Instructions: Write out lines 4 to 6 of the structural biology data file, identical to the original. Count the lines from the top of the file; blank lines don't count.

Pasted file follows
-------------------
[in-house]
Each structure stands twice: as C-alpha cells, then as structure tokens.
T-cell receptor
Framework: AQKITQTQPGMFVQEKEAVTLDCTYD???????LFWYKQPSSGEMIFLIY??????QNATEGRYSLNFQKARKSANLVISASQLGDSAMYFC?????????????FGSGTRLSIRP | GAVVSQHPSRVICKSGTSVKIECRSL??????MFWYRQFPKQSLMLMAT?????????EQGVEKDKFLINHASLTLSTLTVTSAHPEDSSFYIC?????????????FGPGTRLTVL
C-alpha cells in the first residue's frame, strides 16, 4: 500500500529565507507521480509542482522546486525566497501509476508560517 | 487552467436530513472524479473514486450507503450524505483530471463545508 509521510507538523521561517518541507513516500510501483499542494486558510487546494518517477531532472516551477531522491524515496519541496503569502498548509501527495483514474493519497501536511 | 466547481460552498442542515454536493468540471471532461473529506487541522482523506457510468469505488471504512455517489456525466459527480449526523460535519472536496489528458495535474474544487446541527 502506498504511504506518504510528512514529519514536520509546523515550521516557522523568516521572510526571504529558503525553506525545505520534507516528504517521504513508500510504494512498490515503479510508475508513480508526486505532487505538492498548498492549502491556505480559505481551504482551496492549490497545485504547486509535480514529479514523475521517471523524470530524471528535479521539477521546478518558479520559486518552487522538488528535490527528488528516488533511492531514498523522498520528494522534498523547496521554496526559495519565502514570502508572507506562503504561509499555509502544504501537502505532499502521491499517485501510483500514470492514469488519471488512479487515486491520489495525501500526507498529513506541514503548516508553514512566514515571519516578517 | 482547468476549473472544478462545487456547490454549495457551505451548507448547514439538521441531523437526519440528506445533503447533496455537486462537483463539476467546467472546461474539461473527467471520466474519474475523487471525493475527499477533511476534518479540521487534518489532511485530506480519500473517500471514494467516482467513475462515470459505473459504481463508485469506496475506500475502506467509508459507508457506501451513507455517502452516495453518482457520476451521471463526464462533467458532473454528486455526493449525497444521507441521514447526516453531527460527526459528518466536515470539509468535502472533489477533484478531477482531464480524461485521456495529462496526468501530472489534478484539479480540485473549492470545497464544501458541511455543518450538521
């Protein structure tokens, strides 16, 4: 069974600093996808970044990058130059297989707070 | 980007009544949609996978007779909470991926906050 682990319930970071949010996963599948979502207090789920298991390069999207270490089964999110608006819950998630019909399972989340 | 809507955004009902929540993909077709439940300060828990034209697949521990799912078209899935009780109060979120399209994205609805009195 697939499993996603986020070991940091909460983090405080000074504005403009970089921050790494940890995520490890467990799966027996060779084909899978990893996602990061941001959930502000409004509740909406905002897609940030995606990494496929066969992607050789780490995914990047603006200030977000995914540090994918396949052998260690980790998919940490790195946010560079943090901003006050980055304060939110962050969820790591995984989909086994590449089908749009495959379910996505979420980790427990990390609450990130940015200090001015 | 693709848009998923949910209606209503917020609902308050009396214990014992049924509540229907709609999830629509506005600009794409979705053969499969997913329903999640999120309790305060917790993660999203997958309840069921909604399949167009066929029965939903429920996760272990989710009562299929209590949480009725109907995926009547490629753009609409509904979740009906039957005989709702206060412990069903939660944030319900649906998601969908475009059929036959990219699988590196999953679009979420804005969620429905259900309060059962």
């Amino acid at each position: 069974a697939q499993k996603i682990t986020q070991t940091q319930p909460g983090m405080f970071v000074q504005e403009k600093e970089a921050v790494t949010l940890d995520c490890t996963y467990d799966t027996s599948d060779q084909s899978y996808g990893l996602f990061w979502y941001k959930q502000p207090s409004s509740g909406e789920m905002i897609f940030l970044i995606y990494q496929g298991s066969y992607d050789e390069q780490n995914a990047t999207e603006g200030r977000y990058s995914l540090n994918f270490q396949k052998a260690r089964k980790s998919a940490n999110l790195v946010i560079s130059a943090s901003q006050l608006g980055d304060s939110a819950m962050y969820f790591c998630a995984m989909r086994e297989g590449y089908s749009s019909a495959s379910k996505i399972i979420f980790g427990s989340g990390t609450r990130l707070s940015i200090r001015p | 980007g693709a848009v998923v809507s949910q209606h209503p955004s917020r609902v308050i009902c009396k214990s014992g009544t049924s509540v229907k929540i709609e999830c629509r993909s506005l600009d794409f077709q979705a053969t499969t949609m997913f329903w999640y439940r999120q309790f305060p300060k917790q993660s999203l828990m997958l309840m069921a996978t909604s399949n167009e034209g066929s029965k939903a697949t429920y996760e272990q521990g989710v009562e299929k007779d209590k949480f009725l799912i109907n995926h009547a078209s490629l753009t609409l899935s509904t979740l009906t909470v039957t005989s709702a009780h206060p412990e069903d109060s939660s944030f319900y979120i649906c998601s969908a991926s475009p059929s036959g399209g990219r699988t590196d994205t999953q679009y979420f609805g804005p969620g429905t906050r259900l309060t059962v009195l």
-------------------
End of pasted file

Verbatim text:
Framework: AQKITQTQPGMFVQEKEAVTLDCTYD???????LFWYKQPSSGEMIFLIY??????QNATEGRYSLNFQKARKSANLVISASQLGDSAMYFC?????????????FGSGTRLSIRP | GAVVSQHPSRVICKSGTSVKIECRSL??????MFWYRQFPKQSLMLMAT?????????EQGVEKDKFLINHASLTLSTLTVTSAHPEDSSFYIC?????????????FGPGTRLTVL
C-alpha cells in the first residue's frame, strides 16, 4: 500500500529565507507521480509542482522546486525566497501509476508560517 | 487552467436530513472524479473514486450507503450524505483530471463545508 509521510507538523521561517518541507513516500510501483499542494486558510487546494518517477531532472516551477531522491524515496519541496503569502498548509501527495483514474493519497501536511 | 466547481460552498442542515454536493468540471471532461473529506487541522482523506457510468469505488471504512455517489456525466459527480449526523460535519472536496489528458495535474474544487446541527 502506498504511504506518504510528512514529519514536520509546523515550521516557522523568516521572510526571504529558503525553506525545505520534507516528504517521504513508500510504494512498490515503479510508475508513480508526486505532487505538492498548498492549502491556505480559505481551504482551496492549490497545485504547486509535480514529479514523475521517471523524470530524471528535479521539477521546478518558479520559486518552487522538488528535490527528488528516488533511492531514498523522498520528494522534498523547496521554496526559495519565502514570502508572507506562503504561509499555509502544504501537502505532499502521491499517485501510483500514470492514469488519471488512479487515486491520489495525501500526507498529513506541514503548516508553514512566514515571519516578517 | 482547468476549473472544478462545487456547490454549495457551505451548507448547514439538521441531523437526519440528506445533503447533496455537486462537483463539476467546467472546461474539461473527467471520466474519474475523487471525493475527499477533511476534518479540521487534518489532511485530506480519500473517500471514494467516482467513475462515470459505473459504481463508485469506496475506500475502506467509508459507508457506501451513507455517502452516495453518482457520476451521471463526464462533467458532473454528486455526493449525497444521507441521514447526516453531527460527526459528518466536515470539509468535502472533489477533484478531477482531464480524461485521456495529462496526468501530472489534478484539479480540485473549492470545497464544501458541511455543518450538521
């Protein structure tokens, strides 16, 4: 069974600093996808970044990058130059297989707070 | 980007009544949609996978007779909470991926906050 682990319930970071949010996963599948979502207090789920298991390069999207270490089964999110608006819950998630019909399972989340 | 809507955004009902929540993909077709439940300060828990034209697949521990799912078209899935009780109060979120399209994205609805009195 697939499993996603986020070991940091909460983090405080000074504005403009970089921050790494940890995520490890467990799966027996060779084909899978990893996602990061941001959930502000409004509740909406905002897609940030995606990494496929066969992607050789780490995914990047603006200030977000995914540090994918396949052998260690980790998919940490790195946010560079943090901003006050980055304060939110962050969820790591995984989909086994590449089908749009495959379910996505979420980790427990990390609450990130940015200090001015 | 693709848009998923949910209606209503917020609902308050009396214990014992049924509540229907709609999830629509506005600009794409979705053969499969997913329903999640999120309790305060917790993660999203997958309840069921909604399949167009066929029965939903429920996760272990989710009562299929209590949480009725109907995926009547490629753009609409509904979740009906039957005989709702206060412990069903939660944030319900649906998601969908475009059929036959990219699988590196999953679009979420804005969620429905259900309060059962």